From “In Living Color” and “The Wayans Brothers” to “Scary Movie” and “White Chicks,” Shawn and Marlon Wayans have been inseparable as brothers.
But the two youngest Wayans brothers are hardly twins. Shawn has been doing stand-up comedy for more than 20 years. Marlon just started recently in preparation for a possible movie role as Richard Pryor.
Marlon will open for Shawn at the Uptown Comedy Corner July 19 to 21.
I spoke with both on the phone last week.
“We heard it’s a great room,” Shawn said. “I’ve been there a long time ago with Damon [probably in the old space in Buckhead.] We’ll show up where there’s a mic stand and a good, classy audience. That’s a perfect size room.”
Shawn noted that it’s tougher to work rooms and fail because of mobile media. “There was a time where people let art be art,” he said. “People now bring cameras into comedy clubs. You used to be able to go to little clubs and talk [crap.] Nowadays, you can’t do that. You’re always under a microscope. Everything you say can come back to haunt you. It’s hard to prep your material.”
This naturally led into a question about the recent travails of Tracy Morgan, who was taped insulting gays, then mentally challenged people.
‘I don’t want to get into that,” Shawn said. “It’s neither here nor there.”
Marlon said he’s still working out the kinks of stand-up comedy. “I’m still in my early phases,” he said. “Shawn’s at a point where he can express about a lot of things. I’m just learning to ride the bike. I’m just starting to pop wheelies now.” He said his learning curve is a bit faster since he has done plenty of sketch comedy and comedic acting over 20 years. “I know how to write a joke,” he said. “I know how to perform. There’s also a benefit of doing this later than when I was younger.”
Shawn isn’t shy about critiquing his younger brother’s work on stage – but constructively.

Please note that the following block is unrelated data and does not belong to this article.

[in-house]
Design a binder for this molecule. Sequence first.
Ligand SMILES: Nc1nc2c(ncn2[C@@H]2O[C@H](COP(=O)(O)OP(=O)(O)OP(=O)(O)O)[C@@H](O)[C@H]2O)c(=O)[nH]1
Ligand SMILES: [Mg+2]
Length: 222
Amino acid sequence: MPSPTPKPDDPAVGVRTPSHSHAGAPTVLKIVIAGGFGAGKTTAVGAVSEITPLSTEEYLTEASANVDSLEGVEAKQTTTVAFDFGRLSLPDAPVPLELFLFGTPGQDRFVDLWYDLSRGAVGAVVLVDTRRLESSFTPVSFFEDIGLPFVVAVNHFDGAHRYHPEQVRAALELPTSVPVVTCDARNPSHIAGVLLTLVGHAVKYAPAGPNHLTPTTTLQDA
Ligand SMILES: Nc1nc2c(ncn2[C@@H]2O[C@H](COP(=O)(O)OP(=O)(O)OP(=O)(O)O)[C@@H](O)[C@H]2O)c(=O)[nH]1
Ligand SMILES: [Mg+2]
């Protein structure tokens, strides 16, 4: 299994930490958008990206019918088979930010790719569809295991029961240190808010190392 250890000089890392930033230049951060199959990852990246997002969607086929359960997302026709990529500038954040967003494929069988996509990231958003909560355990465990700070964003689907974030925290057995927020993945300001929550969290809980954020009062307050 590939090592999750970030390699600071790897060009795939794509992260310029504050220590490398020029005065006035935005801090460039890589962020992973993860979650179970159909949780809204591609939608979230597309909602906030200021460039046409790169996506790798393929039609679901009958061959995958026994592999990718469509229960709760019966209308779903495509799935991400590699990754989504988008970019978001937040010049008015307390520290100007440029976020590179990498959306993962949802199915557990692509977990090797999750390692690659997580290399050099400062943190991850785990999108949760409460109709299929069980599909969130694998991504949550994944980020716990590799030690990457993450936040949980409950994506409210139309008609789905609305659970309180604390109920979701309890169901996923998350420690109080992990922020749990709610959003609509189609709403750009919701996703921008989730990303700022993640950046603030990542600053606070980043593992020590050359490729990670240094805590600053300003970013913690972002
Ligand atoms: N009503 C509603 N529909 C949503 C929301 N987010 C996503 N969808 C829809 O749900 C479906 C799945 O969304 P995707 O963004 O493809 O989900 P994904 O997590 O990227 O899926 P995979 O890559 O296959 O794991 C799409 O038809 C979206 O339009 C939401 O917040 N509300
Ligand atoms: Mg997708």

“He’s been criticizing me my whole life,” Marlon said. “For me, it’s always interpreting what he says is going on. I know he loves me. Sometimes, his timing is off. He hits me right as I’m getting off stage. I’m high off the crowd. I come off a killer set. Then he says, ‘That one joke was dumb.’ ”
“I don’t want you to get into bad habits,” Shawn said to Marlon. “I could choose to say nothing.”
“He wants me to the greatest,” Marlon said. “I want him to be the greatest. I remember when we were kids going to Boston and watching Damon perform. We used to write notes on napkins. We’d tell him what he did wrong. That’s what our family does.” He also noted that sharing is a hallmark among comedians.
Not that it’s infallable. People do steal material.
Interestingly, a former employee of the Wayans, Jared Edwards, recently sued the brothers for stealing his jokes for a book they wrote. They settled out of court earlier this month.
“That wasn’t trading jokes,” Shawn said. “That was taking someone off the street and trying to teach them a craft. He was not appreciative of the situation.”
“You work at McDonalds and learn how to make their french fries,” Marlon said. “That doesn’t mean it becomes your recipe.”
“We’ve been making french fries for 25 years,” Shawn added. “It’s a family recipe people will try to duplicate.”
Shawn & Marlon Wayans
Uptown Comedy Corner
July 19-21, 8 p.m. and 10 p.m. shows
By Rodney Ho, email@example.com, AJCRadioTV blog